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Key Difference – IAS 27 vs IFRS 10

IAS 27- ‘Consolidated and Separate Financial Statements’ and IFRS 10-‘Consolidated Financial Statements’ report accounting guidelines for the recording of financial results of holding companies. The key difference between IAS 27 and IFRS 10 is that IFRS 10 amends IAS 27’s criteria for the parent company to recognise its requirement to prepare consolidated accounts by redefining the concept of control. Following in the implementation of IFRS 10 guidelines to decide whether to consolidate, then the accounting treatment can be completed based on IAS 27 depending on whether the entity is a subsidiary, associate or a joint venture.

Before looking at the difference between IAS 27 and IRFS 10 further, let’s briefly look at what is meant by a holding company and a parent company.

When a company holds a stake in another entity, its (second entity’s) assets, liabilities, equity, incomes and expenses are owned by the company up to the percentage of ownership. In this situation, the company is referred to as the ‘parent’ company. The second company can either be a ‘subsidiary’ or an ‘associate’, depending on the percentage owned by the parent company and is referred to as the ‘holding company’. If the company jointly controls the interest of an entity with a third party (known as a ‘joint venture’), such stakes should also be incorporated into the financial accounts.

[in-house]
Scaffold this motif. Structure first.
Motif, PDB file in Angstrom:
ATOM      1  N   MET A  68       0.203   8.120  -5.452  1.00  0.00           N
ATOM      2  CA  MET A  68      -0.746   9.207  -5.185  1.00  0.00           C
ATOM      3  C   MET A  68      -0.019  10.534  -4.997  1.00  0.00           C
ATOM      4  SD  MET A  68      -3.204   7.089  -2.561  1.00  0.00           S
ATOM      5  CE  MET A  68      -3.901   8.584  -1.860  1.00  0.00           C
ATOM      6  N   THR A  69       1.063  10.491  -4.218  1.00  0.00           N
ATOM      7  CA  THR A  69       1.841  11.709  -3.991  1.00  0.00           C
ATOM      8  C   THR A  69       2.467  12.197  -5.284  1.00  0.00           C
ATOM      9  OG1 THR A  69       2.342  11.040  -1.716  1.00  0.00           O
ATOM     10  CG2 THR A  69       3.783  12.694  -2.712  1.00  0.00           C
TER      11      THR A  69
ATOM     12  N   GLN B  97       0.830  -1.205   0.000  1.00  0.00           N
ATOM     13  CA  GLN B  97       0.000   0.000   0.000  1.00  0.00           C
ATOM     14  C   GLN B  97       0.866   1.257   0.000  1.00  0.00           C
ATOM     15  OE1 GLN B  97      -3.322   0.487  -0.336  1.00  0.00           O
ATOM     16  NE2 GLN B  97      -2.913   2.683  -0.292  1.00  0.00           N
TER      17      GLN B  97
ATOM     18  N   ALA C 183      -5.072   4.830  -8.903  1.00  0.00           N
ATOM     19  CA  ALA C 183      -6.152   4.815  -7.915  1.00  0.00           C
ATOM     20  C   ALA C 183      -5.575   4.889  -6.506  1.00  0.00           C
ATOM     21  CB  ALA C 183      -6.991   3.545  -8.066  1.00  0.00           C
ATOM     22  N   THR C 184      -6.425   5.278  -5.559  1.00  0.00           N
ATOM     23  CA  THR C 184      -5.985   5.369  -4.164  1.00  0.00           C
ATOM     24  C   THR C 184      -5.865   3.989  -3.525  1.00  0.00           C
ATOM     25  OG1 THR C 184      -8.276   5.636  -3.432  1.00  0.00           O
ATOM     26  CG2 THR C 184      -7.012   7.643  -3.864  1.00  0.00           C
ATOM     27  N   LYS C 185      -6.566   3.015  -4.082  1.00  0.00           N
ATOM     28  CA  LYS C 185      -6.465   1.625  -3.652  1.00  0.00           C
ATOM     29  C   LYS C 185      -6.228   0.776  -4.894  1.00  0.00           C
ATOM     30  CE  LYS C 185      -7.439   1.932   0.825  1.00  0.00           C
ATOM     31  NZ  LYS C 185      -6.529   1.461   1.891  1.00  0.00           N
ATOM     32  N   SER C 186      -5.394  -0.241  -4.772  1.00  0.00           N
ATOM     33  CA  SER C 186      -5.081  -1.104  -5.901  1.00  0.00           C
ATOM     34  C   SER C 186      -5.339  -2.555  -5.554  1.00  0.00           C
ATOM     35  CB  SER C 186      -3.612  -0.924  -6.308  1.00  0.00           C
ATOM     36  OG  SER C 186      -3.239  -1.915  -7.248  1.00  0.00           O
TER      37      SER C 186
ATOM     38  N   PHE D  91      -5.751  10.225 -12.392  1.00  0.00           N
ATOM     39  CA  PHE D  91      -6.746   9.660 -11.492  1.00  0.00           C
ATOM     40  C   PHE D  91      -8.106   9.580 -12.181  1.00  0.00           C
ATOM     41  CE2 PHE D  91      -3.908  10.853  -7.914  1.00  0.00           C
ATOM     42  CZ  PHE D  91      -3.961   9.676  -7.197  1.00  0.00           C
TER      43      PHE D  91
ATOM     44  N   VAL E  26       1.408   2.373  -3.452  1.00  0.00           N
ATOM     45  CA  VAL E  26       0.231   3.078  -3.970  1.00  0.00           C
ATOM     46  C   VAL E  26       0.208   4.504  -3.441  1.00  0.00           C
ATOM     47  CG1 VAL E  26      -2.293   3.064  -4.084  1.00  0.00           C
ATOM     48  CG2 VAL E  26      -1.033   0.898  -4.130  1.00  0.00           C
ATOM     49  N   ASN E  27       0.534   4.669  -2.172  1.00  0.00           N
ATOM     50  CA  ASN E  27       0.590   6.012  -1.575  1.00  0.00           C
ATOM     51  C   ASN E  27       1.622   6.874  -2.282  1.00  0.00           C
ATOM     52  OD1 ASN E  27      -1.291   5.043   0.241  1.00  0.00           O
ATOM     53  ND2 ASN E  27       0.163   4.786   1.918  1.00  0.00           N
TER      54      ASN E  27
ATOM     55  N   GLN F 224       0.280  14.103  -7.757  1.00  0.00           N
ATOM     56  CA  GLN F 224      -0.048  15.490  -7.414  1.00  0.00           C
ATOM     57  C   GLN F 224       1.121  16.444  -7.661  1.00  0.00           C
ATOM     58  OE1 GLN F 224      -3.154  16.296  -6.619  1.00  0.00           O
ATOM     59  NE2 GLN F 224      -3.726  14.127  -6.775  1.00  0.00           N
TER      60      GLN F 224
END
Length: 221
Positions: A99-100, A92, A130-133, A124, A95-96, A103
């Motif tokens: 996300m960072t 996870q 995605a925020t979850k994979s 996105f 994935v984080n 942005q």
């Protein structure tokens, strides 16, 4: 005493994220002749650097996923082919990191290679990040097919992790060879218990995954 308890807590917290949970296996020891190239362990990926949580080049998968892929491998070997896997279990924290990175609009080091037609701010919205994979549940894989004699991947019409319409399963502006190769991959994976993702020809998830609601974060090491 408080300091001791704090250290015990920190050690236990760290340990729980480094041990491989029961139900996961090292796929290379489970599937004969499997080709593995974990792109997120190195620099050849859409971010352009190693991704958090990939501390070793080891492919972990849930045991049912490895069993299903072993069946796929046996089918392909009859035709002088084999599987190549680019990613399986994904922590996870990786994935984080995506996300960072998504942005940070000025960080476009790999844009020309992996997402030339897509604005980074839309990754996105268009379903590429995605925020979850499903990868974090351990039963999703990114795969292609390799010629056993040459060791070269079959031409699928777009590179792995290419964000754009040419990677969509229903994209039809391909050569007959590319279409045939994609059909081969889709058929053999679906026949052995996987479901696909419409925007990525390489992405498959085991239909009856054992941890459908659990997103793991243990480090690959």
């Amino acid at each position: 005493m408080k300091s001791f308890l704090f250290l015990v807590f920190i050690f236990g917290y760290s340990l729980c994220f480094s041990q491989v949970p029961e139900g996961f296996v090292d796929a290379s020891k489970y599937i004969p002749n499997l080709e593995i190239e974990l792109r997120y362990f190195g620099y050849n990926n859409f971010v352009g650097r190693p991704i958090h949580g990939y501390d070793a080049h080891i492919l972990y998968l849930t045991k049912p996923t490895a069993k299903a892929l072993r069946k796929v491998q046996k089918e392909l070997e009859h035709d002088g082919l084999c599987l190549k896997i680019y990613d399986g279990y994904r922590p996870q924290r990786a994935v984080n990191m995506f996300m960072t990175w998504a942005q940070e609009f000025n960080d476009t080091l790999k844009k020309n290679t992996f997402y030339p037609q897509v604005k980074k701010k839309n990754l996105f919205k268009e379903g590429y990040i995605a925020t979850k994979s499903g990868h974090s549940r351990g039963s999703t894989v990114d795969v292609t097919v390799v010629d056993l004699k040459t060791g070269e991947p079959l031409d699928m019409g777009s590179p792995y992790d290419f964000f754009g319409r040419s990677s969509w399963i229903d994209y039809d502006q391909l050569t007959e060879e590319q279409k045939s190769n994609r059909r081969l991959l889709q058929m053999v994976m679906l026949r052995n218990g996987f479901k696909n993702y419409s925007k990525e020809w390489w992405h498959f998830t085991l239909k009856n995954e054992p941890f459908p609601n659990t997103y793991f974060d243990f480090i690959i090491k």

1. Overview and Key Difference
2. What is IAS 27
3. What is IFRS 10
4. Side by Side Comparison – IAS 27 vs IFRS 10
5. Summary

What is IAS 27

IAS 27 states the necessary guidelines as to,

  • When a company has to consolidate another entity,
  • How to account for a change in ownership interest,
  • How to prepare separate financial statements,
  • Other related disclosures

Consolidation is decided upon the concept of ‘control’, which is exerted when the parent owns more than 50% of the holding company. In this scenario, the holding company is referred to as the subsidiary. Subsidiary’s portion of assets, liabilities, incomes and expenses should be recorded in the financial statements of the parent company.

As required by the Financial Accounting Standards Board (FASB) and the International Accounting Standards Board (IASB), it is mandatory for all companies holding a controlling stake to prepare consolidated financial statements. In addition to the 50% stake, control may be evidenced by power to,

  • To govern the financial and operating policies of the entity under a statute or agreement; or
  • To appoint or remove the majority of the members of the board of directors; or
  • To cast the majority of votes at a meeting of the board of directors

The parent company can hold varying degree of interest in a holding company other than a controlling stake. They are,


Associate is an entity in which the company exerts significant influence, but not control. For this, the company should acquire a stake of ownership between 20%-50% of the associate. Accounting for associates are governed by IAS 28- Investments in Associates

Joint Ventures

This is a combined effort by two parties to amalgamate their resources to conduct a business activity. The percentage of ownership by each party will be decided based on the amount of resources contributed. Accounting for joint ventures are governed by IAS 31- Interests in Joint Ventures.

Difference Between IAS 27 and IFRS 10

Figure 1: Investment by the parent in holding entities based on percentage of ownership